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© Matthew Septimus 2011

I’ve always loved Easter. As a child, I divided the chapters of my Bible storybook to extend across Holy Week, reading each event on the day that it occurred. I recognize that the gospels are not a history lesson, but a bridge to truths otherwise beyond our comprehension.

I’ve also learned that the Easter story doesn’t revolve around crucifixion, an empty tomb, or even the glory of a resurrected spirit. It revolves around Mary Magdalene.

The Gospel of John tells of Mary going to the tomb in the darkness of early morning. Already we’re given the powerful image of a woman walking alone through dark streets and among hillside graves. Finding the tomb empty, she hurries to tell Peter and John, and returns with them so they can verify her story. As they rush off to report the news, she hangs back, to mourn.

In her grief, Mary sees Jesus standing before her, but mistakes him for a gardener. He even speaks to her: “Woman, why are you crying? Who is it you are looking for?” Still she can’t allow herself the truth.

It’s not until He says her name that she cries out in recognition. In that world-shifting moment, she doesn’t call him “Savior” or “Christ” or even “Jesus.” She calls him “Rabboni.” In a telling parenthetical, the gospel’s author reminds us that the word means “teacher.”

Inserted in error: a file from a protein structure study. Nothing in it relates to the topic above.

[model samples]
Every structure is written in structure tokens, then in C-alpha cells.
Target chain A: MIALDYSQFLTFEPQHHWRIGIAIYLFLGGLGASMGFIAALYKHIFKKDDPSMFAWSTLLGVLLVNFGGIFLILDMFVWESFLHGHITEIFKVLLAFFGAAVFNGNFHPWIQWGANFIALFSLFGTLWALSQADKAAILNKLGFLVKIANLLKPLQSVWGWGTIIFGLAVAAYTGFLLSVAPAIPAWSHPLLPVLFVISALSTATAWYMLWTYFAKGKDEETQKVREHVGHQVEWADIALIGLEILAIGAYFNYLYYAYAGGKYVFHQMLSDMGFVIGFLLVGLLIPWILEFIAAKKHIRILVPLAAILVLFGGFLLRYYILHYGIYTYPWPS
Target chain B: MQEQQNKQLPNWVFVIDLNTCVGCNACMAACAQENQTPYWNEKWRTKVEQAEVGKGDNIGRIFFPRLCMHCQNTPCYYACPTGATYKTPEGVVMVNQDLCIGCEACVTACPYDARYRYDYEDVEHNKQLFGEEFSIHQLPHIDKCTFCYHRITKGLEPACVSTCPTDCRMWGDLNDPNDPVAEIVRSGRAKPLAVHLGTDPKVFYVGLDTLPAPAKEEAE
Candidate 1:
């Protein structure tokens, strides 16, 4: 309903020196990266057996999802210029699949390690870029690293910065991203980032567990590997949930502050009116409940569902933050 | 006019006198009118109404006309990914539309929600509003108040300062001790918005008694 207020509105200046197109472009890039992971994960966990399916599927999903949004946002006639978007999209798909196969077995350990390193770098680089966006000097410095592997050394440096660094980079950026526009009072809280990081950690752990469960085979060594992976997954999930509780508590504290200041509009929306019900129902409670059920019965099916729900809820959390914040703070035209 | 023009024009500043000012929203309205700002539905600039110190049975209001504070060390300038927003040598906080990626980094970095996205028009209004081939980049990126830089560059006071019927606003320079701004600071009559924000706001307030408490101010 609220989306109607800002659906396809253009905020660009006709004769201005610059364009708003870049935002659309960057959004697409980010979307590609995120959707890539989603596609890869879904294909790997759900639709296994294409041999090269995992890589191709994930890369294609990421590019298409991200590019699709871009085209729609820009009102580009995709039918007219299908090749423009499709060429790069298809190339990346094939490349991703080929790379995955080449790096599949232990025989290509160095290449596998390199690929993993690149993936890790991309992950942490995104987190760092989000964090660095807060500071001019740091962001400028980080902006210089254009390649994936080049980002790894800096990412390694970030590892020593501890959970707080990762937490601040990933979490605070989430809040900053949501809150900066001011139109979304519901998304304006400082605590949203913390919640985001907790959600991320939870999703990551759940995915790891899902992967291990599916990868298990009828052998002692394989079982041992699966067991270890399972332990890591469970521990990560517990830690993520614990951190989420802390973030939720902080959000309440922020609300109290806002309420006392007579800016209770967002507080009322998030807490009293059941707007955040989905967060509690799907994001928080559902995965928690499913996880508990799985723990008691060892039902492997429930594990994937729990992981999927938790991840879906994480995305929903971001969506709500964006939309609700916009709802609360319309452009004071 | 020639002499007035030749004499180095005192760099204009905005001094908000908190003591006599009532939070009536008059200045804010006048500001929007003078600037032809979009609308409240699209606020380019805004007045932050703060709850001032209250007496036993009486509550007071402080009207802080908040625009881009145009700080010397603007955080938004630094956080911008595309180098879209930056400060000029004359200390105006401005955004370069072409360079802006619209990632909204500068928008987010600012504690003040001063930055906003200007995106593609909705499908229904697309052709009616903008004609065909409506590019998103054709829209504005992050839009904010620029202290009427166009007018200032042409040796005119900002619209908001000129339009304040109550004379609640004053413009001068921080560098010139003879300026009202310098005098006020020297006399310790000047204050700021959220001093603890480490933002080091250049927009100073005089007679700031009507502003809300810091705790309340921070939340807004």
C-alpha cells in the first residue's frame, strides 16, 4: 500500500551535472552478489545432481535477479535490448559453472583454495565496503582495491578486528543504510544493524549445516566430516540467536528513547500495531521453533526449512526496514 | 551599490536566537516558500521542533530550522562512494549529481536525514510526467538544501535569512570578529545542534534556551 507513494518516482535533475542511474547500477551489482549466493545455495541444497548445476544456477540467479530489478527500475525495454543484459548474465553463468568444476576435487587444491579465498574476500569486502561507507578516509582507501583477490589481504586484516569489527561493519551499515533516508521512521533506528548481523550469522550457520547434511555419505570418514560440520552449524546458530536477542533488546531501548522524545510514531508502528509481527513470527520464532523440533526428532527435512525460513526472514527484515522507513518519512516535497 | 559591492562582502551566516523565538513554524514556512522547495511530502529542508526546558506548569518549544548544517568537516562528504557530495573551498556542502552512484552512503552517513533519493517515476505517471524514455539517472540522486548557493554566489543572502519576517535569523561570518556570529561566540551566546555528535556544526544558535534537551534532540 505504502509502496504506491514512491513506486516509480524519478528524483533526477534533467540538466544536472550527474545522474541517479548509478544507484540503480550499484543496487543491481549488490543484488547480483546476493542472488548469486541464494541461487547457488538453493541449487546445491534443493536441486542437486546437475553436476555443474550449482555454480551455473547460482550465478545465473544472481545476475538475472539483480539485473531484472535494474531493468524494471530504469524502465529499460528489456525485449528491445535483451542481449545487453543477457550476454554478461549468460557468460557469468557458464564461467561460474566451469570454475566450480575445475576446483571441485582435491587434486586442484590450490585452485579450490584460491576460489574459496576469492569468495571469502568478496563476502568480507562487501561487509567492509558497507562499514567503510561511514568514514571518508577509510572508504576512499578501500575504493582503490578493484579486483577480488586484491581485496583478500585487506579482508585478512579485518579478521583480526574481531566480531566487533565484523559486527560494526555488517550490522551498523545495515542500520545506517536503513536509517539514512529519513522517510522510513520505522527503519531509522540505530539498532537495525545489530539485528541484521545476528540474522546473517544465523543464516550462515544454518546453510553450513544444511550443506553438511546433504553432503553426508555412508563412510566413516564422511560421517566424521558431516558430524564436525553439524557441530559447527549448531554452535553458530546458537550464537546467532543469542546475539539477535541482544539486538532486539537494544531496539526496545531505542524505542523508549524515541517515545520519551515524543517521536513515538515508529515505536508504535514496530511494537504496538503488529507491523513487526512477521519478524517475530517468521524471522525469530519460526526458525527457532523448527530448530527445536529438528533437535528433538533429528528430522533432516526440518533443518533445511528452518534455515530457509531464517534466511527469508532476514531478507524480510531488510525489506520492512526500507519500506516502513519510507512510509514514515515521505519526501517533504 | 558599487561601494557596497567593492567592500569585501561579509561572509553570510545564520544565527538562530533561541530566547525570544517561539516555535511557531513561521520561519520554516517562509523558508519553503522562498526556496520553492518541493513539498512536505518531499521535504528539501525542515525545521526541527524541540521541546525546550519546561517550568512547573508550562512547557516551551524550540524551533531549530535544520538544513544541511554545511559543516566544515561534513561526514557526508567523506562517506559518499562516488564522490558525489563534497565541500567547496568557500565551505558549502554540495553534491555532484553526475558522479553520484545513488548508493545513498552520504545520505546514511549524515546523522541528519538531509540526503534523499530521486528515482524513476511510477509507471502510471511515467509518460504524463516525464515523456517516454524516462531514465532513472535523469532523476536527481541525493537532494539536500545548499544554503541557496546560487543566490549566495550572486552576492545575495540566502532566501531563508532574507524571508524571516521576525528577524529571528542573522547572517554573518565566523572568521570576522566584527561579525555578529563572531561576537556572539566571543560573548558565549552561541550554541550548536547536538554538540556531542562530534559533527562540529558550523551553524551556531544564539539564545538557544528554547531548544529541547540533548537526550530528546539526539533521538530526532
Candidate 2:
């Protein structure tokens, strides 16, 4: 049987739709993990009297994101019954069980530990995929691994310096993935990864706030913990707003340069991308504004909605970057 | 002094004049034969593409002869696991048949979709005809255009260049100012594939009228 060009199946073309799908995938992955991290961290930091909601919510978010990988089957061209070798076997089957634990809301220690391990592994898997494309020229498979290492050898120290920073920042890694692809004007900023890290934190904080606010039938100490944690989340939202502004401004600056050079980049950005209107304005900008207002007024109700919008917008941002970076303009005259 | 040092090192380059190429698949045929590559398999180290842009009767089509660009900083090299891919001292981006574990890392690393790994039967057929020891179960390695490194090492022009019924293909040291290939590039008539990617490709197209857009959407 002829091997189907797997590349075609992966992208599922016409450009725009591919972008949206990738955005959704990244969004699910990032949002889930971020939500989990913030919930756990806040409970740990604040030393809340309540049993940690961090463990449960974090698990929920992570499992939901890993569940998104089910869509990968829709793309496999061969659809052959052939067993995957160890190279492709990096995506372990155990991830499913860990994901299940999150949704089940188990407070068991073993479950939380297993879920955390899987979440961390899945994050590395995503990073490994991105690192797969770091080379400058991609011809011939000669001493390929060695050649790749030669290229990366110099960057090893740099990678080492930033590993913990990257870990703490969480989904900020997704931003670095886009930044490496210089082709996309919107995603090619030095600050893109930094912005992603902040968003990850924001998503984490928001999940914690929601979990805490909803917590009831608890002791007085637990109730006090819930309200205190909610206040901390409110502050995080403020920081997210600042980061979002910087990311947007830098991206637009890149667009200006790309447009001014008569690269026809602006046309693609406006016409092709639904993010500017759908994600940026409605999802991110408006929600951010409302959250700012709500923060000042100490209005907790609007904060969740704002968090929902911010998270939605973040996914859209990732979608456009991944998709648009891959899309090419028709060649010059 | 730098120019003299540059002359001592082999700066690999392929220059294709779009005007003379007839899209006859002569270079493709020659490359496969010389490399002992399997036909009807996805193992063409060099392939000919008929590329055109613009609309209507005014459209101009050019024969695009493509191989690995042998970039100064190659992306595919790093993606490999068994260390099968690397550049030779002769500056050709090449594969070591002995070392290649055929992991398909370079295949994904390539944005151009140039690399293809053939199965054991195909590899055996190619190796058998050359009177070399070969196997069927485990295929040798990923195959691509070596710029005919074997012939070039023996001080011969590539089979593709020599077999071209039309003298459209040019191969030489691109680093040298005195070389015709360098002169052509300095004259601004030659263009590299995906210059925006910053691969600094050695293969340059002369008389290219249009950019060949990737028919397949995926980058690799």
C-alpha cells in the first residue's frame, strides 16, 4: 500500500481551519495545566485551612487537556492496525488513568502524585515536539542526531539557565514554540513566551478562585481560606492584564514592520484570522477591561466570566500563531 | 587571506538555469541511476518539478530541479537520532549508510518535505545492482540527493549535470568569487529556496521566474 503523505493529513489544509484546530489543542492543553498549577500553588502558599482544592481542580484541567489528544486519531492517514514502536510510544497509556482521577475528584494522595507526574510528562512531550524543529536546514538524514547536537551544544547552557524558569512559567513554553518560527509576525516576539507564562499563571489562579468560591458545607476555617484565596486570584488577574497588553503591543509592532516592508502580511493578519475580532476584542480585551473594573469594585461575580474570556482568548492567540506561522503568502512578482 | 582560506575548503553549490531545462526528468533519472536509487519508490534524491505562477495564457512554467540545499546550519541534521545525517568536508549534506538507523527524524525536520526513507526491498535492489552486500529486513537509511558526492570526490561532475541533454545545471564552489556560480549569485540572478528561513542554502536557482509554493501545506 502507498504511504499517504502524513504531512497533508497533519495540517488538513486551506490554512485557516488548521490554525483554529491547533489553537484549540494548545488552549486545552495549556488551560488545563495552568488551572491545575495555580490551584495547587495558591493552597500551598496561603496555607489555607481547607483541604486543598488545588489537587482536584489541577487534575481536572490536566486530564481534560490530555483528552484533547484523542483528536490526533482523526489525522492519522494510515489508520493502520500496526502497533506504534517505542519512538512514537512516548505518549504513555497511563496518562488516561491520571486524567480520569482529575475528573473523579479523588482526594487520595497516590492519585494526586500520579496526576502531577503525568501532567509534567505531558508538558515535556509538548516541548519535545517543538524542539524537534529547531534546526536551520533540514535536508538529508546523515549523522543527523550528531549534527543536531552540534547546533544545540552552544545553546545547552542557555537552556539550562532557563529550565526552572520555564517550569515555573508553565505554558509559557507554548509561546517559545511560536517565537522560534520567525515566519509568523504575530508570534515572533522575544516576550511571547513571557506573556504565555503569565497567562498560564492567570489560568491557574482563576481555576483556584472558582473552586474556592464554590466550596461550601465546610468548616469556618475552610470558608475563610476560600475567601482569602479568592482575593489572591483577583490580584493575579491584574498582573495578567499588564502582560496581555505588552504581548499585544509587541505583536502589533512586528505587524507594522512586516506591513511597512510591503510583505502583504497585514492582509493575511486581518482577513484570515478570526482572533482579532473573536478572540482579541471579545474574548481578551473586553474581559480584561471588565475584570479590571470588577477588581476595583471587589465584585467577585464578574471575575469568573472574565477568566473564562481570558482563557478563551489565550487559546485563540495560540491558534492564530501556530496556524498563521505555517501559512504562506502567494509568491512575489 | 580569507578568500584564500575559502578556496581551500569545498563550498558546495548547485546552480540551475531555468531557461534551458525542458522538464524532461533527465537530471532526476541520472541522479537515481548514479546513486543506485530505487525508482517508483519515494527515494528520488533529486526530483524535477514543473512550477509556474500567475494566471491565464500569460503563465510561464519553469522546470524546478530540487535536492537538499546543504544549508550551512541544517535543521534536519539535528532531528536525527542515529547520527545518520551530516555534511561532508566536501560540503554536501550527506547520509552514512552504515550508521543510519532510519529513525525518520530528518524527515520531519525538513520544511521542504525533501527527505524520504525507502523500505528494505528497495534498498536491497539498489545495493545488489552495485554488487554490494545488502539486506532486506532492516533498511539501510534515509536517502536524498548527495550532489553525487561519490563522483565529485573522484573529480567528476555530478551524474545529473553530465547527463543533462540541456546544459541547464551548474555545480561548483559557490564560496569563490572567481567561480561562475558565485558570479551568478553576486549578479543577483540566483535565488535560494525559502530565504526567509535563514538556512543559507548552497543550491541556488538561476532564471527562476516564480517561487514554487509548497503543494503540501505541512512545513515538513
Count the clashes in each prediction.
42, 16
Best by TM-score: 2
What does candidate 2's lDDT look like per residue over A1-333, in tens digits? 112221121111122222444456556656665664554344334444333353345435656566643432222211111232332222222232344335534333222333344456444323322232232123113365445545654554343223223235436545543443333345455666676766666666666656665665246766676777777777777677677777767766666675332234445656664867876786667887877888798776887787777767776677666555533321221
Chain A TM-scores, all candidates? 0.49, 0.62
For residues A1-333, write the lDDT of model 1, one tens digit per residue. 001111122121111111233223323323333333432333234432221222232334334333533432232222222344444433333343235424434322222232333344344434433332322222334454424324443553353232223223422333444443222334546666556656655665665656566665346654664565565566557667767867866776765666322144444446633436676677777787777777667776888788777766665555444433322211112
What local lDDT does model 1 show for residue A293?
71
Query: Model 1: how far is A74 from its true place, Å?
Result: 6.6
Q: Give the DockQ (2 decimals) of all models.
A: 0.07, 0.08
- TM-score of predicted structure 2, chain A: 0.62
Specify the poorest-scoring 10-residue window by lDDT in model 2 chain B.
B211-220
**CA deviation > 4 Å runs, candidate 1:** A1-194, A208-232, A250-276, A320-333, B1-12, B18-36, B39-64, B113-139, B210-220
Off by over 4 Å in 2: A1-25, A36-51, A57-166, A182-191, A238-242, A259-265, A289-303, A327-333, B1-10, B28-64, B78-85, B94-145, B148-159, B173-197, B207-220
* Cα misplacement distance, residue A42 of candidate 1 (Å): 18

These few lines from the Gospel of John hold great meaning for us. It’s a woman who rises early and walks through darkness to visit the tomb. It’s a woman who stays to mourn, unafraid of her grief. And it’s this particular woman, shunned by society, who is first called by the risen Jesus.

The denominations that still deny women their place at the altar, might take another look at John 20.

But the story holds an even deeper significance, for Mary represents all of us. We are slow to see, slow to consider the truths that challenge the comfortable limits of our understanding. And perhaps we all need to hear our name spoken — to be called — before we can recognize the opportunity that stands before us.

Most important, at the heart of this story lies the relationship between a student and her teacher, a man who challenges and annoys and demands the impossible. Easter isn’t about the resurrection of Jesus. It’s about the enormous achievement of his star pupil, who has the courage to open her eyes to new possibility.

Norman AllenNorman Allen is a playwright living in Washington, DC. His plays include In The Garden (Charles MacArthur Award), Nijinsky’s Last Dance (Helen Hayes Award), and The House Halfway, to be produced at this summer’s Source Theatre Festival in Washington, DC.

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A beautiful commentary and it coincides with the Easter sermon at Myers Park Baptist, a free Baptist Church in Charlotte, NC. Mary not only arrived in the dark of morning to find to her horror that Jesus missing, she was there at the cross when he was crucified, obviously risking her own life so Jesus would not die alone. The disciples, all men, fled, and she stayed to the bitter end. It is a lesson of love at its best, courage and strength that goes beyond the resurrection. Your point about women being kept from the ministry is so true, especially in the light of the Easter story.